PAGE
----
Q: While listening to your performance of Granados’s Spanish Dance No. 5, I was strongly reminded of the wonderful recording of it that Imperio Argentina made many years ago. I’m just curious, were you at all aware of her version? I ask that because your piano playing here had almost the identical “sparkle” to the music.

A: Concerning your question about Granados’s Spanish Dance , I have been playing and teaching in Spain (mostly in Barcelona) for over 30 years, so I’m very well acquainted with Spanish music and style. I was also quite influenced by the playing of the older generation like Granados himself, Tagliaferro, Malats, de Falla, Esteban Sanchez…I also talked a lot with Alicia de Larrocha who was a guest in my house in Texas, so the style got quite absorbed.

Q: I noticed in your credentials that you organize an annual Liszt Festival in Rio, are on the board of the American Liszt Society, and have recorded Liszt’s two piano concertos. I’m assuming that your interest in Liszt was fueled by your studies at the Liszt Academy in Budapest. What attracts you, personally, to Liszt, and can you tell us some of your favorite Liszt pieces?

A: Liszt is a guiding light of my life as a musician. My first teacher, Guilherme Fontainha, was a student of Vianna da Motta, who was himself a pupil of Liszt. Also one of my teachers in Budapest, Joszeph Gat, a piano student of Bartók, was also a student of Isztvan Tohmann, another pupil of Liszt. But the real revelation of Liszt as a composer came to me in the early 1950s when I heard Claudio Arrau performing Liszt. It changed my life.

In 1961 I received second prize in a national Liszt Competition that commemorated the 150th year of his birth. I was awarded a scholarship to the Liszt Academy in Budapest as a prize, where I studied the Sonata in B Minor that I have played all through my career. Beside that I have a very extensive Liszt repertory, including the Weinen Klagen Variations, Funerailles, Jeux d’Eaux a la Villa d’Este, Consolations, the Petrarch Sonnets , the two Legends of St. Francis, the two piano concertos, and the Malediction plus several works for two pianos.

Q: Have there been any earlier pianists whose work has influenced you, other than your teachers?

A: I already mentioned Claudio Arrau. There was also Wilhelm Backhaus, who was a colleague of my first teacher in Berlin. I have not forgotten his 32 Beethoven sonatas and five piano concertos that I heard in the space of two weeks when I was seven years old. I had read all the Beethoven sonatas preparing for this occasion. My love of French music was enhanced by the playing of Walter Gieseking. He played the first performances I heard of Gaspard de la Nuit by Ravel and Debussy’s Estampes, Images, and Preludes. I was already performing some of the preludes at this time. Gieseking stayed for long periods of time in Rio de Janeiro because of his love of collecting butterflies, so I had the occasion of meeting him several times. Another great master was Wilhelm Kempff who played some of the finest Beethoven I have ever heard. Another indelible performance was Cortot’s 24 Chopin preludes at the end of his life. He was like a ghost, but had an enormous force of characterization with very little sound.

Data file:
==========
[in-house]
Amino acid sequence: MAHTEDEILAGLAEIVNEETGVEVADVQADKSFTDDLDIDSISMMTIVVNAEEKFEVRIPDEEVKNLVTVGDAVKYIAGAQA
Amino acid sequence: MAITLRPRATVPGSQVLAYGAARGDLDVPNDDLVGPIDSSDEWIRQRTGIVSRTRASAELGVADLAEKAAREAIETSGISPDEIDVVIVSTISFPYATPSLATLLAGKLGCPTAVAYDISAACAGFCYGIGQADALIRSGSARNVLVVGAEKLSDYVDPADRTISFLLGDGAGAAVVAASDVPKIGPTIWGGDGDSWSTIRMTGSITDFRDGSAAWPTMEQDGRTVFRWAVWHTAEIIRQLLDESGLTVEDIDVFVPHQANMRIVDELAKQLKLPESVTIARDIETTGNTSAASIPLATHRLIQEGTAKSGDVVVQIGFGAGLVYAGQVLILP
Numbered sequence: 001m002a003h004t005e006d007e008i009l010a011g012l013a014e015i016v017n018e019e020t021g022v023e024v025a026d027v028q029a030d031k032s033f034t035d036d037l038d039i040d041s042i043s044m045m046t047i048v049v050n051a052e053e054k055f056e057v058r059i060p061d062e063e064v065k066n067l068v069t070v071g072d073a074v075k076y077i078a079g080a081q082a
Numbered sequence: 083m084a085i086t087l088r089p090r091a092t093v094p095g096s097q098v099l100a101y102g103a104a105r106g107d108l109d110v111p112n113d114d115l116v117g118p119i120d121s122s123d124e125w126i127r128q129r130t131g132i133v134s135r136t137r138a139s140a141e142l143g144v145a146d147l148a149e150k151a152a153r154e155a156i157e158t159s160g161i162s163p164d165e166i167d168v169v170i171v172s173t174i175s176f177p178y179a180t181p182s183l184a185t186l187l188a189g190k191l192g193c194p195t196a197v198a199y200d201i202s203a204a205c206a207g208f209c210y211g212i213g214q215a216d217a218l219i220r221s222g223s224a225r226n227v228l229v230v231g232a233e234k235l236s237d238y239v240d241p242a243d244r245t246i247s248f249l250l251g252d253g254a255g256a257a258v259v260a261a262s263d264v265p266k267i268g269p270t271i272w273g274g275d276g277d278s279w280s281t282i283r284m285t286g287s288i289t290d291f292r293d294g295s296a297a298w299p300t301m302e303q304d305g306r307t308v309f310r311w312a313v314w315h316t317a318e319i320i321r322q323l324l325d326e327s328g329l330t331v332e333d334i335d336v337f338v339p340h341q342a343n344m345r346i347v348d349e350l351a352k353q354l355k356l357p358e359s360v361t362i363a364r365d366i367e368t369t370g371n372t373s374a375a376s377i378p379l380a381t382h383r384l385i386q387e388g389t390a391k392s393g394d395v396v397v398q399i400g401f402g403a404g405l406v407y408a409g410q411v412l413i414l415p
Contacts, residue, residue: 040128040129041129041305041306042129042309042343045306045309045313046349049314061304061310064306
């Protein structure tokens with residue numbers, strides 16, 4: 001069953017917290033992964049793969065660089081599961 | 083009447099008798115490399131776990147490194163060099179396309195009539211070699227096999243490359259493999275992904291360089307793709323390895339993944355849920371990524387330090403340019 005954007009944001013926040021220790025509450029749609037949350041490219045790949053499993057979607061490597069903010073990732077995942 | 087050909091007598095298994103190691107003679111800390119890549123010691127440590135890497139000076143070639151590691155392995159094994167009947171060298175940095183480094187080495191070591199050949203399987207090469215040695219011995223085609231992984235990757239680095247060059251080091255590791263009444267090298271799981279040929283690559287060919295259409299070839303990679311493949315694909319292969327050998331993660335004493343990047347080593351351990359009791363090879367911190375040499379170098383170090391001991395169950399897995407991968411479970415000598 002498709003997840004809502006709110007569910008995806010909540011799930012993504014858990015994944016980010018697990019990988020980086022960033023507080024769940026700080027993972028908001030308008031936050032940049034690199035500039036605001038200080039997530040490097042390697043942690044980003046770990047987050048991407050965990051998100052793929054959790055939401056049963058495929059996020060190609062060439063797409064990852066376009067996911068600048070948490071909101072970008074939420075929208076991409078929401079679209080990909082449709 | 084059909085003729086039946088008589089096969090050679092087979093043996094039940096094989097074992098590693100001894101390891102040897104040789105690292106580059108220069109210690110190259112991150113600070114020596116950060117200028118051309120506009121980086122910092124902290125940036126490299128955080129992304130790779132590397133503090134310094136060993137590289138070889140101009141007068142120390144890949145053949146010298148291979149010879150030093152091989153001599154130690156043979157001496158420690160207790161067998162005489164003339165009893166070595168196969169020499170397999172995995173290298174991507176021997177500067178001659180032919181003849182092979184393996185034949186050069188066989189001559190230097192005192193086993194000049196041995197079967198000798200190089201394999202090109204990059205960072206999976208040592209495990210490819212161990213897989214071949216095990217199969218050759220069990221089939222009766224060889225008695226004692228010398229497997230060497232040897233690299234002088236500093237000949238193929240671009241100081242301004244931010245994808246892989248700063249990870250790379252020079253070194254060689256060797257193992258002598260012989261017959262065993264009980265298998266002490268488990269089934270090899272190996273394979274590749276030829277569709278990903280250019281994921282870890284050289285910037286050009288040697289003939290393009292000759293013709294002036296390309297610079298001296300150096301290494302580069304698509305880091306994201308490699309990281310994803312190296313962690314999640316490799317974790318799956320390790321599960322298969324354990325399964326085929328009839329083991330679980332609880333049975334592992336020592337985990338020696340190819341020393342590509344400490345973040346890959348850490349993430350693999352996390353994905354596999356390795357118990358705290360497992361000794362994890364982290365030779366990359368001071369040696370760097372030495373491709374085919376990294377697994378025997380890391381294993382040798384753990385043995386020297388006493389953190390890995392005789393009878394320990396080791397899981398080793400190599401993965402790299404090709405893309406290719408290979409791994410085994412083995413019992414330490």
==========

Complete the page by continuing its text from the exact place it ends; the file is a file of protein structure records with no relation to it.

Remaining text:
Afterwards, when I was in Budapest, I heard the Hungarian pianist Annie Fischer play the finest Schumann Fantasiestücke of my life. My first live concert of Arthur Rubinstein, with a fantastic Schumann Carnaval , and I also made my first acquaintance with Sviatoslav Richter. It was so strong that I could not sleep for two nights. The length and the quality of his tone was unsurpassable and his formal design impeccable.

The Brazilian pianist Magda Tagliaferro—who I heard many times, including in master classes and private lessons—also influenced me with her rhythmic projection and incredible variety of color. Again, on a very personal note, our relationship (both me and my wife) with the great Hungarian pianist Lili Kraus, who played very often in Rio de Janeiro, enabled me to hear her a number of times. In 1968 she was chairman of the most important Brazilian piano competition, where the winner was a student of mine. She asked to meet us and I played for her. Much to my surprise, I was invited through her to join the faculty of Texas Christian University in Fort Worth, where she was an artist-in-residence. My wife, Bridget, became her student, and I accompanied her, playing the orchestral parts of her immense concerto repertoire.

Q: I also noted that you’ve recorded all five of Beethoven’s piano concertos with the Venezuelan Symphony. Judging from your recital CD, I can well imagine you as a fine Beethoven interpreter. I’m curious as to how many of his sonatas are in your repertoire, and if all of them, have you ever programmed concerts featuring all Beethoven sonatas?

A: Yes. Actively in my repertoire I have nine sonatas, and have performed the Les Adieux, Pastorale, and the op. 111 most often. I’ve recently resurrected the op. 10/1 which was the first Beethoven sonata I ever played. As I’m sure you know only too well, people have a tendency to classify you according to your recorded repertoire, so I was always known as a romantic pianist or a Latin American pianist. Curiously enough, in Venezuela (where I recorded all the Beethoven concertos live), I only played music of the Classical period: Haydn, Mozart, and Beethoven, including recitals of Beethoven sonatas. I’ve also played a lot of Beethoven’s chamber music, including the trios and the violin and cello sonatas.